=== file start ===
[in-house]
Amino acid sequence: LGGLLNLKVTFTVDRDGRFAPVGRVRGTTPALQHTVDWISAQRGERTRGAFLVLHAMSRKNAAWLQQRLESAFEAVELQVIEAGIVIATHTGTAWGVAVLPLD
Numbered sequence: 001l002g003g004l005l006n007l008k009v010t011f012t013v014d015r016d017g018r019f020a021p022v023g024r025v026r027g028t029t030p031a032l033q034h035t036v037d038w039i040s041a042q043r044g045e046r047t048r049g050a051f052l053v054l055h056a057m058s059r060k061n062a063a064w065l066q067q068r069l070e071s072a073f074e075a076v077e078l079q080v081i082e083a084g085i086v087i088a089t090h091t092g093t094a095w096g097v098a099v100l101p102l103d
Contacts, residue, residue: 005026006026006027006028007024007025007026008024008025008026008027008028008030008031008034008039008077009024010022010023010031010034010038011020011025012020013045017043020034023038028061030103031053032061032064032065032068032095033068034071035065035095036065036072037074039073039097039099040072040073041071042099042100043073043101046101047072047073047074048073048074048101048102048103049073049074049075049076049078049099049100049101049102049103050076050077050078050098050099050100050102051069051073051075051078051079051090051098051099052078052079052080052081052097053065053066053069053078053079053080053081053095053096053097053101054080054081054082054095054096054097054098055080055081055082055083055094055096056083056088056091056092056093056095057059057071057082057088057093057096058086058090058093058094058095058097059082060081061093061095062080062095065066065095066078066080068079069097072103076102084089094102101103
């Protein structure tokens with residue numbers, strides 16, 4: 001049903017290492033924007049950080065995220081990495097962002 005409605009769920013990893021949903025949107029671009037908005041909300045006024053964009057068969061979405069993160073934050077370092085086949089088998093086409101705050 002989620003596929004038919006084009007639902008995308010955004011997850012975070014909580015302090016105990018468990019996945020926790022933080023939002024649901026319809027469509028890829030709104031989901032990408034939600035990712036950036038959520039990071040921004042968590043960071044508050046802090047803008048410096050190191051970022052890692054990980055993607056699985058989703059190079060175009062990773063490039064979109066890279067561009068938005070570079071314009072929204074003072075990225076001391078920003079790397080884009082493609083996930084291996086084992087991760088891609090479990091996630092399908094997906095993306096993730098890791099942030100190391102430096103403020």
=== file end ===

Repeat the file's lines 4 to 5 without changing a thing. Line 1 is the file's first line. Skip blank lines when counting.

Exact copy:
Contacts, residue, residue: 005026006026006027006028007024007025007026008024008025008026008027008028008030008031008034008039008077009024010022010023010031010034010038011020011025012020013045017043020034023038028061030103031053032061032064032065032068032095033068034071035065035095036065036072037074039073039097039099040072040073041071042099042100043073043101046101047072047073047074048073048074048101048102048103049073049074049075049076049078049099049100049101049102049103050076050077050078050098050099050100050102051069051073051075051078051079051090051098051099052078052079052080052081052097053065053066053069053078053079053080053081053095053096053097053101054080054081054082054095054096054097054098055080055081055082055083055094055096056083056088056091056092056093056095057059057071057082057088057093057096058086058090058093058094058095058097059082060081061093061095062080062095065066065095066078066080068079069097072103076102084089094102101103
């Protein structure tokens with residue numbers, strides 16, 4: 001049903017290492033924007049950080065995220081990495097962002 005409605009769920013990893021949903025949107029671009037908005041909300045006024053964009057068969061979405069993160073934050077370092085086949089088998093086409101705050 002989620003596929004038919006084009007639902008995308010955004011997850012975070014909580015302090016105990018468990019996945020926790022933080023939002024649901026319809027469509028890829030709104031989901032990408034939600035990712036950036038959520039990071040921004042968590043960071044508050046802090047803008048410096050190191051970022052890692054990980055993607056699985058989703059190079060175009062990773063490039064979109066890279067561009068938005070570079071314009072929204074003072075990225076001391078920003079790397080884009082493609083996930084291996086084992087991760088891609090479990091996630092399908094997906095993306096993730098890791099942030100190391102430096103403020």